ONE TU

If you’re active in this organization for any length of time, chances are you’ve heard the phrase “One TU”.  But what exactly does that mean?  It feels good to say – but is it real?  Is it just a marketing slogan?

 

In my 15 years of being involved in Trout Unlimited, I can honestly say it’s not just a catch phrase.  One TU is a philosophy that underscores all the good work we do together.  It’s the idea that our collective contributions can result in something much greater than our individual achievements.   

 

We use lines on a map to organize ourselves into Regions, State Councils, and local Chapters.  Meanwhile the world around us uses our data to stereotype and further divide us.  Nature pays no attention to this.  The trout don’t care about these boundaries, unless they become physical in-stream impediments.   

 

We strive to be as inclusive as possible, giving everyone an opportunity to do some good.  We know to check our egos at the door, because the challenges facing our cold water resources are complex, and require us to work collaboratively to achieve the best possible outcomes.

 

I recently attended the Wisconsin’s Northeast Regional Meeting.  Leaders from six area Chapters came together in December to share ideas, learn from each other, and hear about projects from area resource professionals.  The Chapters pooled their own resources, and were able to support important habitat work in the area to be performed by TU National, the US Forest Service, the DNR, and the Oconto County Forestry Dept.

 

These future projects have volunteer components built into them.  Our partners recognize the importance of allowing our members to take part in the restoration work.  We’re all in this together.  I’m always excited to hear about Chapters holding joint workdays.

 

The first TU workday I ever attended was a collaboration between the Southeastern and Ocooch Creek Chapters (now part of Coulee Region TU).  I drove 3 hours to get there, and carved out a little camping and fishing time before and after the project.  I left home on a Friday not really knowing anyone who would be there.  I came home on Sunday having met what would turn out to be several life-long friends.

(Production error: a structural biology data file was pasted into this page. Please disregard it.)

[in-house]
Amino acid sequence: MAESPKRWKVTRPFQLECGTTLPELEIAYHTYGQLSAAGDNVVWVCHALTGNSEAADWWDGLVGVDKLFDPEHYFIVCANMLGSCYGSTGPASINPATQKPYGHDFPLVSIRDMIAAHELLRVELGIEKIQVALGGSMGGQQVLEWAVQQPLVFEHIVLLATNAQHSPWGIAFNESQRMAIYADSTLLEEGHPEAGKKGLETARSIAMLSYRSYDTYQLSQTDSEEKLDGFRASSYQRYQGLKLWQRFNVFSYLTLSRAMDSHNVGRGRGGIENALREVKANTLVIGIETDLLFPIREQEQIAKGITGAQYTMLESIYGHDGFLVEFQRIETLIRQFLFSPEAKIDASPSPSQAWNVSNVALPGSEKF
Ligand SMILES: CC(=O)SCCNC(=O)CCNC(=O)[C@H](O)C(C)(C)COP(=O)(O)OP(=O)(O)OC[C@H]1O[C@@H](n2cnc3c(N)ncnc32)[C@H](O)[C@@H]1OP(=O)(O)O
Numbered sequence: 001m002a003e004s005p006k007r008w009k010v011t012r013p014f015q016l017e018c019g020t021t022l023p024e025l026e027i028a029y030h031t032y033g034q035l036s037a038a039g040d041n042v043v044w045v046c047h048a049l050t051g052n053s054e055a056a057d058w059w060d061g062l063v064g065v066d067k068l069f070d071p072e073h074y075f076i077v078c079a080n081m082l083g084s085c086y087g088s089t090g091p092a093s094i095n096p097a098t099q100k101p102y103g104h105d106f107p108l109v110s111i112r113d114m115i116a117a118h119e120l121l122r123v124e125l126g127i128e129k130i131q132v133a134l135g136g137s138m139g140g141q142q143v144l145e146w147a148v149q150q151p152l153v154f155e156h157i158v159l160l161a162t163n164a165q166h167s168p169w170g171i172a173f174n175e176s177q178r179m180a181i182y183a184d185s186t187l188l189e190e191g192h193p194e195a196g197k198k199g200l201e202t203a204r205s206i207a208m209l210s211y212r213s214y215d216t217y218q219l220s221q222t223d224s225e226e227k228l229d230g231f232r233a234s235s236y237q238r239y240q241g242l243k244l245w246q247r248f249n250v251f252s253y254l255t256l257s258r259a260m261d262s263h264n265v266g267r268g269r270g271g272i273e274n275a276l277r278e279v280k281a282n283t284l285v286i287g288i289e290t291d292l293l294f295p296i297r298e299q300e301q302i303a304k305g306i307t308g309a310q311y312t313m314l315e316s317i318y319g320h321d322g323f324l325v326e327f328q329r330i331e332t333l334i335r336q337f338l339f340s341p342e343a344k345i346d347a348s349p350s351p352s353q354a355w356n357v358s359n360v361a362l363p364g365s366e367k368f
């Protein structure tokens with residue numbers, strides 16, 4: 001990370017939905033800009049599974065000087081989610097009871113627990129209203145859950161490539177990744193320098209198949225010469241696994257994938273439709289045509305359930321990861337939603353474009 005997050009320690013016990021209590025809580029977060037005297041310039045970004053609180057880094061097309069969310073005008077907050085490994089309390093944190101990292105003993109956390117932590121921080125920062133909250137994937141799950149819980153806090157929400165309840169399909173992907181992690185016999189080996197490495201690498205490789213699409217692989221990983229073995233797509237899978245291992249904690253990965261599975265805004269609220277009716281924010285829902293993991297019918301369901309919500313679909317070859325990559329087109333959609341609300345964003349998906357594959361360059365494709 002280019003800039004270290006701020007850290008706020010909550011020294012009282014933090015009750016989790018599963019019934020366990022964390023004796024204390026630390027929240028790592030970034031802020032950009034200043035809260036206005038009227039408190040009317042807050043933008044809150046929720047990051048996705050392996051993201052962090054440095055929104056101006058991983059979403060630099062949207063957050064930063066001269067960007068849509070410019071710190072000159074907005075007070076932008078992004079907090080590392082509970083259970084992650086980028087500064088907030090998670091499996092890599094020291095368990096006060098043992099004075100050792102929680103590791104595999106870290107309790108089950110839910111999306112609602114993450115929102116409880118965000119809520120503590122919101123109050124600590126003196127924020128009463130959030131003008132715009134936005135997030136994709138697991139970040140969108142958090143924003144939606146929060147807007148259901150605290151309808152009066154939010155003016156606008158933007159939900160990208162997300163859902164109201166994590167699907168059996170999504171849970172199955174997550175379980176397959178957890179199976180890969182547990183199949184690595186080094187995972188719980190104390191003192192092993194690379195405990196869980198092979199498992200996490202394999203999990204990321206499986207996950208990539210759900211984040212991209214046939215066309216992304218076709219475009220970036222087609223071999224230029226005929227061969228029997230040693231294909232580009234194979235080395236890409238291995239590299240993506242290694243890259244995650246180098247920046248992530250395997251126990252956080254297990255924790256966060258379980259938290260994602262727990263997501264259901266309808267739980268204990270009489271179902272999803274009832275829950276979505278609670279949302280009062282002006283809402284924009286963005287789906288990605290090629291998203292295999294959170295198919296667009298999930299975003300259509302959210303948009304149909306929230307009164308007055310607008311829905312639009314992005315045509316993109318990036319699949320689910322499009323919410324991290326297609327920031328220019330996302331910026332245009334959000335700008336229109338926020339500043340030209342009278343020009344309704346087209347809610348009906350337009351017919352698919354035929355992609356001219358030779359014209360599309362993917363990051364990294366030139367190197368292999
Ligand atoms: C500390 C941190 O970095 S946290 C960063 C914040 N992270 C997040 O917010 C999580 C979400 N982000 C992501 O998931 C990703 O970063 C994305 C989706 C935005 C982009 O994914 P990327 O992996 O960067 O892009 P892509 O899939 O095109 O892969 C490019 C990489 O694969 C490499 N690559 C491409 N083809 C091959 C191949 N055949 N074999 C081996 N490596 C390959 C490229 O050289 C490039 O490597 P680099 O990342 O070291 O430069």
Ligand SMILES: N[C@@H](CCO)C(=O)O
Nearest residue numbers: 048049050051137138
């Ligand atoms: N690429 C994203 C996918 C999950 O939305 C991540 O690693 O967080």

The One TU philosophy also applies outside our organization.  The work we do in our communities is reflective of this.  Just look at the Trout In The Classroom program.  We’re connecting kids to the natural world in a way that sparks a lifetime of curiosity.  We’re also helping them understand that our actions have consequences, for better or worse. 

 

And our Veterans Service Partnership programs create some of the most humbling, and rewarding, volunteer experiences you can find.  Spending time on the water with our military veterans generates a unique camaraderie.  It’s a bond that’s not likely to break, and elevates our sense of service.

 

Want to see the One TU model in action?  Attend the Wisconsin TU Banquet in Oshkosh on Feb. 1.  You’ll join TU National staff (TU’s Chris Wood is rumored to be in attendance), State Council Leadership, Chapter grassroots volunteers, and partners in the conservation community as we celebrate cold, clean, fishable water in Wisconsin.    

 

Sure we’ll honor some individual achievements during our Awards Ceremony, but these are people doing their work for all the right reasons.  Their accomplishments are part of a larger cold water conservation story.  And we all have a role to play in that story. 

 

“One TU” spans across time.  One generations work benefits the next.  We do what we can to protect and enhance our cold water resources while we’re here, then pass on this legacy to our kids and grandkids in hopes that they will do the same.

 

So are we just the sum of our parts?  I think we’re something even greater, we’re One TU.  See you in Oshkosh on the 1st.

 

Much Respect,

Mike Kuhr

Wisconsin TU State Council Chair

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